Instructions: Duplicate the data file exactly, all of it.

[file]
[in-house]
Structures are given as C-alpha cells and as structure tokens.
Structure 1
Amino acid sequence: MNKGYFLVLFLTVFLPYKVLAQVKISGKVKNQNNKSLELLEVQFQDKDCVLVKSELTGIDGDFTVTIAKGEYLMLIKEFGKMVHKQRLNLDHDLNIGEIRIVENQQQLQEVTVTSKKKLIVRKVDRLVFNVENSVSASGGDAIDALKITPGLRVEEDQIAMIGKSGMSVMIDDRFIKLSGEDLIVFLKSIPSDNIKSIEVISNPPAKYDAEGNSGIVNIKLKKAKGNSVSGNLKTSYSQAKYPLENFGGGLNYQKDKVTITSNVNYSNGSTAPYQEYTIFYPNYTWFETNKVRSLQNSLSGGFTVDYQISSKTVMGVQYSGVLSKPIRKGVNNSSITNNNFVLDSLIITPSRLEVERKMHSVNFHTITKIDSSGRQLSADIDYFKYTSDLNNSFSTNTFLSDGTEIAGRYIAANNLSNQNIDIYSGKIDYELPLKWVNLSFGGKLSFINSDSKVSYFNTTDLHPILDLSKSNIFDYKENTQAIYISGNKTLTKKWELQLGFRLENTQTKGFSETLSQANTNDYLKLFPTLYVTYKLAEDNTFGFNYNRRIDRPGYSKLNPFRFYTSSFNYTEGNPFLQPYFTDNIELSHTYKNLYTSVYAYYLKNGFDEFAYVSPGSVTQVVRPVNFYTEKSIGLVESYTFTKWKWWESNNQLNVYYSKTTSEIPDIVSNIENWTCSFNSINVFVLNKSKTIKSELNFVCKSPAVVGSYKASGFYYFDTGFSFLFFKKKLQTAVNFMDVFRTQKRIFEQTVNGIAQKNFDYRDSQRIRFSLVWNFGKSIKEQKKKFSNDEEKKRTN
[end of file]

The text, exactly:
[in-house]
Structures are given as C-alpha cells and as structure tokens.
Structure 1
Amino acid sequence: MNKGYFLVLFLTVFLPYKVLAQVKISGKVKNQNNKSLELLEVQFQDKDCVLVKSELTGIDGDFTVTIAKGEYLMLIKEFGKMVHKQRLNLDHDLNIGEIRIVENQQQLQEVTVTSKKKLIVRKVDRLVFNVENSVSASGGDAIDALKITPGLRVEEDQIAMIGKSGMSVMIDDRFIKLSGEDLIVFLKSIPSDNIKSIEVISNPPAKYDAEGNSGIVNIKLKKAKGNSVSGNLKTSYSQAKYPLENFGGGLNYQKDKVTITSNVNYSNGSTAPYQEYTIFYPNYTWFETNKVRSLQNSLSGGFTVDYQISSKTVMGVQYSGVLSKPIRKGVNNSSITNNNFVLDSLIITPSRLEVERKMHSVNFHTITKIDSSGRQLSADIDYFKYTSDLNNSFSTNTFLSDGTEIAGRYIAANNLSNQNIDIYSGKIDYELPLKWVNLSFGGKLSFINSDSKVSYFNTTDLHPILDLSKSNIFDYKENTQAIYISGNKTLTKKWELQLGFRLENTQTKGFSETLSQANTNDYLKLFPTLYVTYKLAEDNTFGFNYNRRIDRPGYSKLNPFRFYTSSFNYTEGNPFLQPYFTDNIELSHTYKNLYTSVYAYYLKNGFDEFAYVSPGSVTQVVRPVNFYTEKSIGLVESYTFTKWKWWESNNQLNVYYSKTTSEIPDIVSNIENWTCSFNSINVFVLNKSKTIKSELNFVCKSPAVVGSYKASGFYYFDTGFSFLFFKKKLQTAVNFMDVFRTQKRIFEQTVNGIAQKNFDYRDSQRIRFSLVWNFGKSIKEQKKKFSNDEEKKRTN